Table 36-1 Stepwise Approach to Treatment of Elevated Intracranial Pressure (ICP)a

Head Trauma
Head trauma can cause immediate loss of consciousness. If transient and unaccompanied by other serious brain pathology, it is called concussion. Prolonged alterations in consciousness may be due to parenchymal, subdural, or epidural hematoma or to diffuse shearing of axons in the white matter. Skull fracture should be suspected in pts with CSF rhinorrhea, hemotympanum, and periorbital or mastoid ecchymoses. Spinal cord trauma can cause transient loss of function or a permanent loss of motor, sensory, and autonomic function below the damaged spinal level.
Minor Concussive Injury   The pt with minor head injury who is alert and attentive after a short period of unconsciousness (<1 min) may have headache, a brief amnestic period, difficulty with concentration, a single episode of emesis or mild vertigo; vasovagal syncope may also occur. After several hours of observation, pts with this category of injury can be accompanied home and observed by family or friends. Most pts do not have a skull fracture on x-ray or hemorrhage on CT. Constant headache is common in the days following trauma; persistent severe headache and repeated vomiting are usually benign if the neurologic exam remains normal, but in such situations radiologic studies should be obtained and hospitalization is justified.
Injury of Intermediate Severity   Pts who are not comatose but who have persistent confusion, behavioral changes, subnormal alertness, extreme dizziness, or focal neurologic signs such as hemiparesis should be admitted to the hospital and soon thereafter have a CT scan. Usually a contusion or subdural hematoma is found. CT scan may be normal in comatose pts with axonal shearing lesions in cerebral white matter. Pts with intermediate head injury require medical observation to detect increasing drowsiness, respiratory dysfunction, and pupillary enlargement, as well as to ensure fluid restriction (unless there is diabetes insipidus). Abnormalities of attention, intellect, spontaneity, and memory tend to return to normal weeks or months after the injury.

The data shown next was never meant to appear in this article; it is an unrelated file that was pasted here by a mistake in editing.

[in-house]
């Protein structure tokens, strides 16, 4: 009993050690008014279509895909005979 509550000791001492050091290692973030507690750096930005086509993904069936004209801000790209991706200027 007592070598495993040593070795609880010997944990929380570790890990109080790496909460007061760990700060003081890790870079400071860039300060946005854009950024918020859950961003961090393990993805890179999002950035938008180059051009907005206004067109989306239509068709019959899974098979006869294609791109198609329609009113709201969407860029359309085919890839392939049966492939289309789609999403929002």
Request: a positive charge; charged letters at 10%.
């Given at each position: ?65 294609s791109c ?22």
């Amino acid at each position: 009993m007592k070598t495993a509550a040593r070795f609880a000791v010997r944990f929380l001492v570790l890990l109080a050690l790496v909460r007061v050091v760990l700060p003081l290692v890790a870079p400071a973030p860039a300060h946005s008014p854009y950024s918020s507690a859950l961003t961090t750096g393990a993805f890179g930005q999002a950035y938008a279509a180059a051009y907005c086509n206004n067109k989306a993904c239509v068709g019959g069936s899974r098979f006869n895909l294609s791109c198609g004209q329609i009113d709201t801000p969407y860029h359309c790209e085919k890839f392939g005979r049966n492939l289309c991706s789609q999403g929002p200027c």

Severe Injury   Patients who are comatose from onset require immediate neurologic attention and often resuscitation. After intubation, with care taken to avoid deforming the cervical spine, the depth of coma, pupillary size and reactivity, limb movements, and Babinski responses are assessed. As soon as vital functions permit and cervical spine x-rays and a CT scan have been obtained, the pt should be transported to a critical care unit. The finding of an epidural or subdural hematoma or large intracerebral hemorrhage requires prompt decompressive surgery in otherwise salvageable pts. Subsequent treatment is probably best guided by direct measurement of ICP. All potentially exacerbating factors should be eliminated. Hypoxia, hyperthermia, hypercarbia, awkward head positions, and high mean airway pressures from mechanical ventilation all increase cerebral blood volume and ICP. Persistently raised ICP after institution of this therapy generally indicates a poor outcome.
Bibliography

For a more detailed discussion, see Ropper AH: Traumatic Injuries of the Head and Spine, Chap. 369, p. 2434, in HPIM-15, and Hemphill JC, Beal MF, and Gress DR: Critical Care Neurology, p. 2491, Chap. 376 in HPIM- 15.